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telling it like it is… on The Malarkey Scale

 
Nhoj Morley
 
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Nhoj Morley
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15 April 2017 09:44
 

One of the buzz-phrases that been around since the beginning of this trump-malarkey is ‘he tells it like it is’.

It is a very interesting thing to say. Those of us who aren’t saying it are wondering what exactly it is that he is telling it like. We expect to find facts, reality, truthfulness and clarity as the basic ingredients of any practice called ‘telling it like it is’.

For example, many of us know the double-slit experiment from reading Gary Zukov’s Dancing Wu Li Masters. Gosh, that was a lot of FUN. When Lawrence Krauss explained the experiment to The Boss in a recent podcast, that was a clear example of telling it like it is. We trust the professor as a well-informed authority on the matter of photon activities in general.

What are all these other folks talking about? What does telling it like it is mean to them? Check out this actual imaginary conversation with a malarkey-supporter at a recent malarkey-rally…

“If he isn’t telling facts, how is he telling it like it is?”

“They’re facts while he tells them.”

“When he stops, what happens to his so-called fact? Does it stop to?”

“Only if we let them. He starts the truth and tosses it out to us and we, together, do our best to see that it never hits the ground.”

“But that’s what the rest of us do with giant balloon-balls at concerts. It’s just a bag of gas. How can you believe in a factual claim that cannot be demonstrated?”

“Look around. It is being demonstrated right now. Just listen…”

“He’s saying something about Gandhi’s funeral being nothing compared to his inaugural crowd.”

“So? Were you there? He was there, I’ll bet.”

“How is the truth being demonstrated here?”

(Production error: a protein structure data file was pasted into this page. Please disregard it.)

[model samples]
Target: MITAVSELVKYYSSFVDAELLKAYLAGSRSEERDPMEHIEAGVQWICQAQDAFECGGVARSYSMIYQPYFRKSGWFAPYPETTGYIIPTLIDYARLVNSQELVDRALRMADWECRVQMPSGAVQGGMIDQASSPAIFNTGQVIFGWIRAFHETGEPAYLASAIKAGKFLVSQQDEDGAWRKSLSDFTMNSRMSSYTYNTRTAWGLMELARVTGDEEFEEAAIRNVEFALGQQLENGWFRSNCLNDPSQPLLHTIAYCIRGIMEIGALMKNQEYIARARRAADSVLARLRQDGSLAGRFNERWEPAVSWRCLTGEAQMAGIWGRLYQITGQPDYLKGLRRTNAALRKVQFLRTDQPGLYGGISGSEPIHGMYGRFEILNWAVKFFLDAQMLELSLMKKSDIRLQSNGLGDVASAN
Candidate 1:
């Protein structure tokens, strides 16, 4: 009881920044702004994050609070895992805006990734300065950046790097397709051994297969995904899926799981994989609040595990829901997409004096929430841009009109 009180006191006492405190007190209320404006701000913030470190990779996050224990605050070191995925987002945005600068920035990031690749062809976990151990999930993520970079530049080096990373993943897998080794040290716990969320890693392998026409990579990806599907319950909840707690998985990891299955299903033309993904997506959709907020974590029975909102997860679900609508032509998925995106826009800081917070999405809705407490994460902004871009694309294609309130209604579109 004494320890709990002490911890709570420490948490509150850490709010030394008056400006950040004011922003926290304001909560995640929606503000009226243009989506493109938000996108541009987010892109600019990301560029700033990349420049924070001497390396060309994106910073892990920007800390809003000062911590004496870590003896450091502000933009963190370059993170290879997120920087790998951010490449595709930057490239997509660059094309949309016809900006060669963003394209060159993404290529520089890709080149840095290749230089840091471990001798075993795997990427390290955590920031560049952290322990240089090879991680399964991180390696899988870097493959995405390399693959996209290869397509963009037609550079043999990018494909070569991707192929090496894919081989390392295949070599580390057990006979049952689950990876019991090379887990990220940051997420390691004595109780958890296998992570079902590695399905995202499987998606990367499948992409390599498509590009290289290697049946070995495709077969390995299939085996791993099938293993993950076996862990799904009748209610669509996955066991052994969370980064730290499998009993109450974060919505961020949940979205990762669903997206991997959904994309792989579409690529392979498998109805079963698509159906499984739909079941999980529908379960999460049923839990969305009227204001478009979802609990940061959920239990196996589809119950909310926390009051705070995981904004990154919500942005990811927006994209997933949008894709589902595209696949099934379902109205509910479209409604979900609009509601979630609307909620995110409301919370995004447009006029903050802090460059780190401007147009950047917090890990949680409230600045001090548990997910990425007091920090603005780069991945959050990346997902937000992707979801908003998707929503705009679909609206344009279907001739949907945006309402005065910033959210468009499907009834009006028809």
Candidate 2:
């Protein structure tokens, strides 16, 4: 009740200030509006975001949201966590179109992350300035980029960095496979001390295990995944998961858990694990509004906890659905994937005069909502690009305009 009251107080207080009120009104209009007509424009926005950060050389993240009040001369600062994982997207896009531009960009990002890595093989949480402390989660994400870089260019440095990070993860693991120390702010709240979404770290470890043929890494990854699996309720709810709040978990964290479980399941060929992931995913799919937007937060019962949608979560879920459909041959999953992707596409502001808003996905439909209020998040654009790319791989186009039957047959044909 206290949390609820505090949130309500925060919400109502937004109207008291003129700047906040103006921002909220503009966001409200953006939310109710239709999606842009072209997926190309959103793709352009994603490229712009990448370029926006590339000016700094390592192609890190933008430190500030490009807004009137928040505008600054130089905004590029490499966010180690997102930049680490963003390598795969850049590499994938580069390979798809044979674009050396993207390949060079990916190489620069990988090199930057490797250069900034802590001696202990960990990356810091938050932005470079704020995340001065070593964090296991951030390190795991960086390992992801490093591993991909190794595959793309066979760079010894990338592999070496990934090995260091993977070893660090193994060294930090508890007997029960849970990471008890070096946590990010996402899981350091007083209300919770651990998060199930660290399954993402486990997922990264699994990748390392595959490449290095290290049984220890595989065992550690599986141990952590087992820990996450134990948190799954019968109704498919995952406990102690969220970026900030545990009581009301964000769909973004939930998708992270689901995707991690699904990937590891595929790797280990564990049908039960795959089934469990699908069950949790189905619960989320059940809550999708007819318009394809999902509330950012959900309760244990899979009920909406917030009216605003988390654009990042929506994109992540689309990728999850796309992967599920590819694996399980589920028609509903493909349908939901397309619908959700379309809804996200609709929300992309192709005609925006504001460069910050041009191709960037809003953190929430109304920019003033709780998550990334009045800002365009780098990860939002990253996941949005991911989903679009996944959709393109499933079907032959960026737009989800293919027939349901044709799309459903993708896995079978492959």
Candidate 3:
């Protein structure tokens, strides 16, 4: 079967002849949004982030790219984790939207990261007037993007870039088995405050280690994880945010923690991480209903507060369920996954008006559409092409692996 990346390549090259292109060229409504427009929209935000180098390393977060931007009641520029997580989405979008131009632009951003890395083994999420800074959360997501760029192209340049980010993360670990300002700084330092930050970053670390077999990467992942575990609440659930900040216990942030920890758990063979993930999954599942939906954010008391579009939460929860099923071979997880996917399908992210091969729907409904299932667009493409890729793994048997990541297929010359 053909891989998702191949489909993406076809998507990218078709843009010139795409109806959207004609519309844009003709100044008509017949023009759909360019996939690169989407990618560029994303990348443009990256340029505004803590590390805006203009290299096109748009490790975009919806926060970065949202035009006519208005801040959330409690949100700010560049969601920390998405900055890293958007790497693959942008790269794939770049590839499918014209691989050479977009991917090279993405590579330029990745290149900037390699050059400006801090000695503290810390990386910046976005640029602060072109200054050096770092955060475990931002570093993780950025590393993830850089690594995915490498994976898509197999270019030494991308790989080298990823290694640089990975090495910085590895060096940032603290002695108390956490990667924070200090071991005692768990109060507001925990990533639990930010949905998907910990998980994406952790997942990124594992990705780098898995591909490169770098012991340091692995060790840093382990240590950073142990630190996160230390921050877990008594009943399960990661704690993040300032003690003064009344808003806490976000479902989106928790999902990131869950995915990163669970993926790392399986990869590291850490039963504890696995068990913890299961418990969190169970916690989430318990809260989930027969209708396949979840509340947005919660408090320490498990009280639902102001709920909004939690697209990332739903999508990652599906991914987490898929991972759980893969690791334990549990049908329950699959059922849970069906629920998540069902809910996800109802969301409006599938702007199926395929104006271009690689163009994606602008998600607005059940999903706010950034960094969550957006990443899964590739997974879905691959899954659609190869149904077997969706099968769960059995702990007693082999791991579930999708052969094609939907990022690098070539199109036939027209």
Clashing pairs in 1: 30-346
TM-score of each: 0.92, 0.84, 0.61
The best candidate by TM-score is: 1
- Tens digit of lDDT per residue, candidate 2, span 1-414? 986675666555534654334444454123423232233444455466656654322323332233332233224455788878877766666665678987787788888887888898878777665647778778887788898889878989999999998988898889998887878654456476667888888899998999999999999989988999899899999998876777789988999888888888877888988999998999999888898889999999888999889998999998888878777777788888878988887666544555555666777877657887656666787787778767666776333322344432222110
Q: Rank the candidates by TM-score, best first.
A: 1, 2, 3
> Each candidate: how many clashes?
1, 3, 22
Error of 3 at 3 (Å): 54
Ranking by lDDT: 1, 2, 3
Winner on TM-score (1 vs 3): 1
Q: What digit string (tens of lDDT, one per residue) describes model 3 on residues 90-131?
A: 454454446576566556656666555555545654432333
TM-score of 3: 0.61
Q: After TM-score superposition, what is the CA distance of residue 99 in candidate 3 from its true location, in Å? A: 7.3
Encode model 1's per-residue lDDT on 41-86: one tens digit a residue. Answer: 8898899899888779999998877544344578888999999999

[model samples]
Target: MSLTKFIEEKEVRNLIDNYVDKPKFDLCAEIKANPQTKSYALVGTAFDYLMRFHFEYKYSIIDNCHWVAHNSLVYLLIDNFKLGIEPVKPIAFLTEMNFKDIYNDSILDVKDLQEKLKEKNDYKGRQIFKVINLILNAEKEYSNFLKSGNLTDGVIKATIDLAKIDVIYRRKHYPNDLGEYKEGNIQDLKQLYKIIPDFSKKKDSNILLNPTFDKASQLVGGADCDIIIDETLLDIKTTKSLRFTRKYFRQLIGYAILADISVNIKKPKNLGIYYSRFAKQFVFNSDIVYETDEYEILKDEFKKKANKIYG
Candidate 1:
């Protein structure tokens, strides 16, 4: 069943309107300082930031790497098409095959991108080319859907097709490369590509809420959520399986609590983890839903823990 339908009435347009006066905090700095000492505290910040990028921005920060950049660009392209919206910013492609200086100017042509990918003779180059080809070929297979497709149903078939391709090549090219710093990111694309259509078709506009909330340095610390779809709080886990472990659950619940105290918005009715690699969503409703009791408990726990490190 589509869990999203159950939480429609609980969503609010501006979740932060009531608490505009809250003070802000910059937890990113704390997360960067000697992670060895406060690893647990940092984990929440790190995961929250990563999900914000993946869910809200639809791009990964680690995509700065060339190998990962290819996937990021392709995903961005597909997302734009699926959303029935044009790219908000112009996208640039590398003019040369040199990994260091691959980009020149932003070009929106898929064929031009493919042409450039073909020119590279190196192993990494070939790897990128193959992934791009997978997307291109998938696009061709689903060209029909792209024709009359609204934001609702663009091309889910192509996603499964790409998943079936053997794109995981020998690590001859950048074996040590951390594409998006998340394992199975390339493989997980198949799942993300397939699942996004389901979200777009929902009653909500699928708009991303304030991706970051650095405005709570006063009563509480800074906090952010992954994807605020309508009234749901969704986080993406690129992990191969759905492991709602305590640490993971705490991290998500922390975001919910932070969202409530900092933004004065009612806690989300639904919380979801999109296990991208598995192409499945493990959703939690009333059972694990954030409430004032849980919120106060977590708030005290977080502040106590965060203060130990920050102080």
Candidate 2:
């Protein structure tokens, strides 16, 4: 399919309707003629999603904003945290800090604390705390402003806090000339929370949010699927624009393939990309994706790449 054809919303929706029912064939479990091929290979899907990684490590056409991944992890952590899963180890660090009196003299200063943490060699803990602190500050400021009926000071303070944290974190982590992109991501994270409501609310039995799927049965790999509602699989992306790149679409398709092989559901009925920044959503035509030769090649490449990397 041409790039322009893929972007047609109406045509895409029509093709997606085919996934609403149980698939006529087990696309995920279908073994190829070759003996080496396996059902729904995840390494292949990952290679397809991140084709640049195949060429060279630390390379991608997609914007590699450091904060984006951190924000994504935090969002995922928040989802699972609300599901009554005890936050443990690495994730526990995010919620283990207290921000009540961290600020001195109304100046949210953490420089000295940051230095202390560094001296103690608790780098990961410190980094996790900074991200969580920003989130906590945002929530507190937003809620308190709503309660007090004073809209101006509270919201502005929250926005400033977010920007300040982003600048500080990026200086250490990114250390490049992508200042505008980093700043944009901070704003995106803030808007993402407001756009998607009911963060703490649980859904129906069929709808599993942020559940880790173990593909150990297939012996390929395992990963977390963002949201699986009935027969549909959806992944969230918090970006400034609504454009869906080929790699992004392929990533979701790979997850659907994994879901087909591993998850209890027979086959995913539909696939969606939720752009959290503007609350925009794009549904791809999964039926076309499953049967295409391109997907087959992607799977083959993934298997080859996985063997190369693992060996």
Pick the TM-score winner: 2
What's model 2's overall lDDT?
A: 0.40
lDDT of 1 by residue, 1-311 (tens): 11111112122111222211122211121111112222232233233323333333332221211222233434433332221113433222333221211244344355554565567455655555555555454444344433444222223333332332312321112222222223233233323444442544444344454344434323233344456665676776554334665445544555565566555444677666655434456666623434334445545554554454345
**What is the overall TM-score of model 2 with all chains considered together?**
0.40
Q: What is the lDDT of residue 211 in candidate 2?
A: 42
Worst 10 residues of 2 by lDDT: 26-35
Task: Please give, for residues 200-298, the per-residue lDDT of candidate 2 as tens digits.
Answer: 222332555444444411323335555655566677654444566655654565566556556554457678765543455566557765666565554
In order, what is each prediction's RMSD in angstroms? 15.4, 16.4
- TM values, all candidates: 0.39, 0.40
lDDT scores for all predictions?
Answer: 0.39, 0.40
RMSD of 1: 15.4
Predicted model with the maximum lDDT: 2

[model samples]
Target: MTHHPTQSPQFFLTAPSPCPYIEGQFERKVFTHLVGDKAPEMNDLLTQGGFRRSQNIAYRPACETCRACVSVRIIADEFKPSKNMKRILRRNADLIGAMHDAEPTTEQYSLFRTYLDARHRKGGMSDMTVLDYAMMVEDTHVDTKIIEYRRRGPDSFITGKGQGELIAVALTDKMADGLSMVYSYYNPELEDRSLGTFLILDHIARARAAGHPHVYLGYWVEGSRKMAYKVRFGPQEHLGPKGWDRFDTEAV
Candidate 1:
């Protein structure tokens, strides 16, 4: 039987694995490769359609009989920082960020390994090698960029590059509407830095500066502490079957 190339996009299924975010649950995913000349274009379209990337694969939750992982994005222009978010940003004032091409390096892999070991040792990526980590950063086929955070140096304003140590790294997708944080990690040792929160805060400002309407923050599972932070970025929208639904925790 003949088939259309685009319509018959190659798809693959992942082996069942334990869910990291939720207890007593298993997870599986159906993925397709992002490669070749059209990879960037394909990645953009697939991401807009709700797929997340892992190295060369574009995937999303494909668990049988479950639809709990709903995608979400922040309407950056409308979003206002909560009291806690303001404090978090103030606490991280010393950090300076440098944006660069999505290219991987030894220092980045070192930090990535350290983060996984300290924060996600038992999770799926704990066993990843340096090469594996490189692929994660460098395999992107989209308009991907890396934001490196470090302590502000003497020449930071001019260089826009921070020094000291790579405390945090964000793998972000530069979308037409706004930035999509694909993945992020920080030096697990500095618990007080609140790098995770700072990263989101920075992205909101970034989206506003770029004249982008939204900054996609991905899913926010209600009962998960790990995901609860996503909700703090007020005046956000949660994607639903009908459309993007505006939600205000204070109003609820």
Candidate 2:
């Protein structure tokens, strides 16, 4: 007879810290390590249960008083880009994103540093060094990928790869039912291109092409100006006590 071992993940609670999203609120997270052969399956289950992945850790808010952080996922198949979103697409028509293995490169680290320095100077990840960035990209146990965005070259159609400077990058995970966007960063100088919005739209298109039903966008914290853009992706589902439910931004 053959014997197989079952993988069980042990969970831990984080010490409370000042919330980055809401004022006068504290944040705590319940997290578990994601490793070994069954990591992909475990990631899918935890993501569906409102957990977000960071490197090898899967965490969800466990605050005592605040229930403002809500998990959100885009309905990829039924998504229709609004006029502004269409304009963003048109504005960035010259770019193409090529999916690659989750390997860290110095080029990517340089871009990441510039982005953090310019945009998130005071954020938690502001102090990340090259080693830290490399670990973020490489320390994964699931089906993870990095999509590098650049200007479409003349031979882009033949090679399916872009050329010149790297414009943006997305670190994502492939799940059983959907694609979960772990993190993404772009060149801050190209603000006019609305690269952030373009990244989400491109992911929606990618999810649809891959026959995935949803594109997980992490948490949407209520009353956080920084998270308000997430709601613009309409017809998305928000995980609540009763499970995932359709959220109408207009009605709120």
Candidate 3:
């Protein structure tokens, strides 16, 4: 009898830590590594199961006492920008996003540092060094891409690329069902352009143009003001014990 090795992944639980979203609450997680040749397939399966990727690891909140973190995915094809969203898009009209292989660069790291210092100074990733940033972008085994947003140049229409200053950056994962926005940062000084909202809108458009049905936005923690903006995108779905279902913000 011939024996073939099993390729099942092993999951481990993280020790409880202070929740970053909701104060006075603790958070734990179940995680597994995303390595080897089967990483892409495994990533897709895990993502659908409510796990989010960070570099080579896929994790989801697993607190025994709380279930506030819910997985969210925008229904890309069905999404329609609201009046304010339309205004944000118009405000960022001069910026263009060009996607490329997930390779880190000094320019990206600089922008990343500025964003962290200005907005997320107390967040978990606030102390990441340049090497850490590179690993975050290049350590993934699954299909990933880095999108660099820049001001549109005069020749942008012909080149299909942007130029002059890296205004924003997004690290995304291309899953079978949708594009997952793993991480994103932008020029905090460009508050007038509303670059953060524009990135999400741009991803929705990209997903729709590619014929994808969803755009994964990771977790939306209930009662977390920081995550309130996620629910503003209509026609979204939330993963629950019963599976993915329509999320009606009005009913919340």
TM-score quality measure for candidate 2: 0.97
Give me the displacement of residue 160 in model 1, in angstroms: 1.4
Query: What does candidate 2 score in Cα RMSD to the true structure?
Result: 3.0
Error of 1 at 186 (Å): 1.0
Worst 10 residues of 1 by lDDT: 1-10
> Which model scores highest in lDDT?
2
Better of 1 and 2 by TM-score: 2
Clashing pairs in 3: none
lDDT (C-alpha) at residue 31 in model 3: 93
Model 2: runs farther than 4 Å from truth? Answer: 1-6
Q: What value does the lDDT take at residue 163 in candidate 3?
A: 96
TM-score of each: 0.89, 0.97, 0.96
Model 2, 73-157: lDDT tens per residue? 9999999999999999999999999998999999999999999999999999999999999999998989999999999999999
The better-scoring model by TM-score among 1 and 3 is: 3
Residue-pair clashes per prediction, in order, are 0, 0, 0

“You can feel the truth here. When he says something I like, I can feel its truth. It’s like I’m tickled all over by invisible bunnies.”

“It’s true because it tickles?”

“I’ll concede that I might feel a bit stupid and unsure believing it if I were at home and alone. But here, we all have the same feeling and it magnifies it for everyone. The truth becomes a magnificent energizing sensation. Our truth will kick your butt.”


We have one side that wants to report facts for enlightenment and another side that wants to conjure them for empowerment. How does one conjure a fact? By telling it like it is. The secret is in the ‘it’. The it does not refer to reality or the physical world at all. It refers to brain activity. To tell it like it is means to deliver a message in a manner that caters to the way some people use their brains and their perception.

This is a useful way to understand political positions that seem impossible to understand. Differences in politics are too often ascribed to philosophical positions or personal values. Traditionally, disagreements over politics are perceived as one position being smarter than another and hence one combatant being stupider than the other. While I do not discount the role stupidity plays in politics, it cannot be a universal explanation tempting as that might be.

Nobody picks the stupid side, so how is it that so many end up on it?

Since no one is choosing to be stupid, our political differences really reside in our preferences in brain mechanics. As in, how we prefer to use our brains. There is a way another person can use their brain that makes your politics appear to be stupid. That might be easily or eagerly accepted but it points to a painful truth. It is the way we use our brains that makes other people’s politics appear to be stupid.

It would not be too great a stretch to call political stupidity an Optical Illusion because it concerns how we look at things. As long as we keep seeing stupidity, our disagreements will lead to conflict and warfare. We’ve all seen how quickly a malarkey-driven administration can stir up both.

Instead of buying ammo on line, we might consider how brain mechanics might be creating the illusions that divide us. The primary illusion being that we are all using the same brain mechanics and getting wildly different results. Accepting that illusion means other results are stupid, evil or the product of a lesser lifeform or worse, the instrument of a rival god-form. All of these views can ease the reality of squeezing the trigger. When the time comes.

It is easy to spot brain mechanics in action. Just invite someone to tell it like it is. Normally, this is a horrible idea that is best avoided but Science beckons. The task does not require paying any attention to content. All the tasker has to do is count the steps that lead to working it out and getting to a satisfied feeling of having ‘told it like it is’. It can be done with one hand.